Unsolicited Emails to Lawyers Confidential?

Unsolicited Emails to Lawyers confidential

Unsolicited Emails to Lawyers Confidential?

Emails, Emails, Emails

On a daily basis, I received hundreds of emails/DM’s/messages from strangers on the internet.  I guess it’s the way of the world; it’s easier to communicate with text/email than dial a number.

Below are hypothetical emails I may or may not have received over the years…

“I am pregnant with a married man’s baby…”

“I am divorcing my wife because she won’t have sex with me…”

“My boyfriend offered to pay me money for an abortion…”

These types of emails should NEVER be sent to anyone, much less to a random stranger!

Don’t Email Random Lawyers

NEVER send details of your legal case to a random lawyer that you have NOT yet hired.

Only Email Your Lawyer

How do you know you’ve hired a lawyer?  You’ve signed a contract for legal services (a retainer agreement) with them.  Until you and the lawyer have BOTH signed the contract clearly defining the scope of services, that lawyer is NOT your lawyer.

Your Divorce Lawyer Isn’t Your Lawyer For Everything, Unless Agreed to Writing

Incidentally, just because you’ve hired a lawyer in one capacity, does not mean that that particular lawyer is your lawyer in every capacity.  Example: Joe Blow hires me to represent him in his divorce.  I am his lawyer for his divorce.  Later that afternoon, Joe Blow gets into a car accident.  Just because I am Joe Blow’s divorce lawyer, does NOT mean I am also his personal injury lawyer unless we have a written contract.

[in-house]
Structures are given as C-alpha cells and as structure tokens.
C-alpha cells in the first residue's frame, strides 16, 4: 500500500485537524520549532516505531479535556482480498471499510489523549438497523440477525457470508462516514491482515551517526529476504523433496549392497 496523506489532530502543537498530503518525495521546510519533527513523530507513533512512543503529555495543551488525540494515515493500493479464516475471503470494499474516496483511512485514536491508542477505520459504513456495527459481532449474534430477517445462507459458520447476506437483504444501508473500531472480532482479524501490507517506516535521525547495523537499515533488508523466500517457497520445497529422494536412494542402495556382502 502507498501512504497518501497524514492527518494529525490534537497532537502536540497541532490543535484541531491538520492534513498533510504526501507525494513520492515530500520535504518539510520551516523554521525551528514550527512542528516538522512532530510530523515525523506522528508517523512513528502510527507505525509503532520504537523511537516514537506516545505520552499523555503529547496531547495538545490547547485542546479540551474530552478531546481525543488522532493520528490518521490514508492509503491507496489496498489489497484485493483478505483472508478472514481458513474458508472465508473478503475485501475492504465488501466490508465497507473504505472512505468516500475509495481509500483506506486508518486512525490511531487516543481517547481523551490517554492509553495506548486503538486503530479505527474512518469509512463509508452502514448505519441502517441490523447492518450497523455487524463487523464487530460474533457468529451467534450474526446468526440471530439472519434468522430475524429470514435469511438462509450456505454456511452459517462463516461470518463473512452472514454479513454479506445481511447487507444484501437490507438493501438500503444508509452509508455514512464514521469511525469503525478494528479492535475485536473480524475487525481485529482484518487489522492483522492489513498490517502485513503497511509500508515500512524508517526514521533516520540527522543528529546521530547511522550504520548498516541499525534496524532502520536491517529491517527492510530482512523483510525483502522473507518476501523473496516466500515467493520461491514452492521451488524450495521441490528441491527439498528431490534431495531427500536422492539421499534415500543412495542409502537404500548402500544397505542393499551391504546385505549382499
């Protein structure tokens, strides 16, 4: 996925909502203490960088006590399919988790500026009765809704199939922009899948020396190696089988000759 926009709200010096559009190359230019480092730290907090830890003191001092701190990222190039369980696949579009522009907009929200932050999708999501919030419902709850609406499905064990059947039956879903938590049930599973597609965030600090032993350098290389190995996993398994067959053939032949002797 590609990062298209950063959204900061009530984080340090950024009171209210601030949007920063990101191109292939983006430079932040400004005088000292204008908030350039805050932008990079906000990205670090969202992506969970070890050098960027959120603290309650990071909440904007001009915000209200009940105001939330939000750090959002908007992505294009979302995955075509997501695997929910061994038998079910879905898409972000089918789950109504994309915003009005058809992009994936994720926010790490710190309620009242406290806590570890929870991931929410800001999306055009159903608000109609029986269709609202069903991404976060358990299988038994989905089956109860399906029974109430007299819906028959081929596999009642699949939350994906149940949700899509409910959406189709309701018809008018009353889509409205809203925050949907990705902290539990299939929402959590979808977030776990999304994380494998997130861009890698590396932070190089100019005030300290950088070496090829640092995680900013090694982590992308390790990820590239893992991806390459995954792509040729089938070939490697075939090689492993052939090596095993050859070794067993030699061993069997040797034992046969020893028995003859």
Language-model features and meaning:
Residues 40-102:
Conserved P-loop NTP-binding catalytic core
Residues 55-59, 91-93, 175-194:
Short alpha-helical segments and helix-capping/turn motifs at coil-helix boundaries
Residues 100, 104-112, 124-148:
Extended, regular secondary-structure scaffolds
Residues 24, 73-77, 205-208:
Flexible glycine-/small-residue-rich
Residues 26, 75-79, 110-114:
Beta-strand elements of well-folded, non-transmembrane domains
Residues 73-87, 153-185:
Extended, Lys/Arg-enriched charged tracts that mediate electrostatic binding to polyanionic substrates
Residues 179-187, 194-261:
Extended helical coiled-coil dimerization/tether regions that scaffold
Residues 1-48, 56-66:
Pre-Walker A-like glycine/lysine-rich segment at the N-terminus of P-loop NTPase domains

Why You Shouldn’t Send Emails to Random Lawyers
First, It Lacks Common Sense

First, I don’t think you should ever email a stranger, because it lacks common sense.

This general lack of common sense appears to be the norm these days.  I believe it is a reflection of the isolation of our society.  Whatever happened to the good old days where if one had problems, one would telephone a friend, or better, go to a friend’s house and talk?

Our society is in dire need of friends.  If you ever feel the urge to send a detailed email to a stranger, fight it.  Instead, call a friend.

Second, Unsolicited Emails From Non-Clients NOT Privileged

Attorney-client privilege only arises in the context of an attorney-client relationship, or a prospective client-attorney relationship.  It is an evidentiary rule that protects communications between an attorney and client from disclosure in litigation.  The client holds the privilege, and the client can waive it.

The 4 components to attorney-client privilege are:

  1. Communications
  2. Made between attorney and client
  3. In confidence
  4. For purpose of obtaining legal assistance.

An unsolicited email to a random lawyer is NOT privileged.

Third, Unsolicited Email Are Not Confidential If Lawyer Had No Chance to Stop It

Are unsolicited emails confidential? Probably not.

Confidentiality is broader than privilege.  Unlike privilege (found in the Evidence Code), confidentiality deals with ethics (found in Rules of Professional Conduct, and State Bar Ethics Opinions)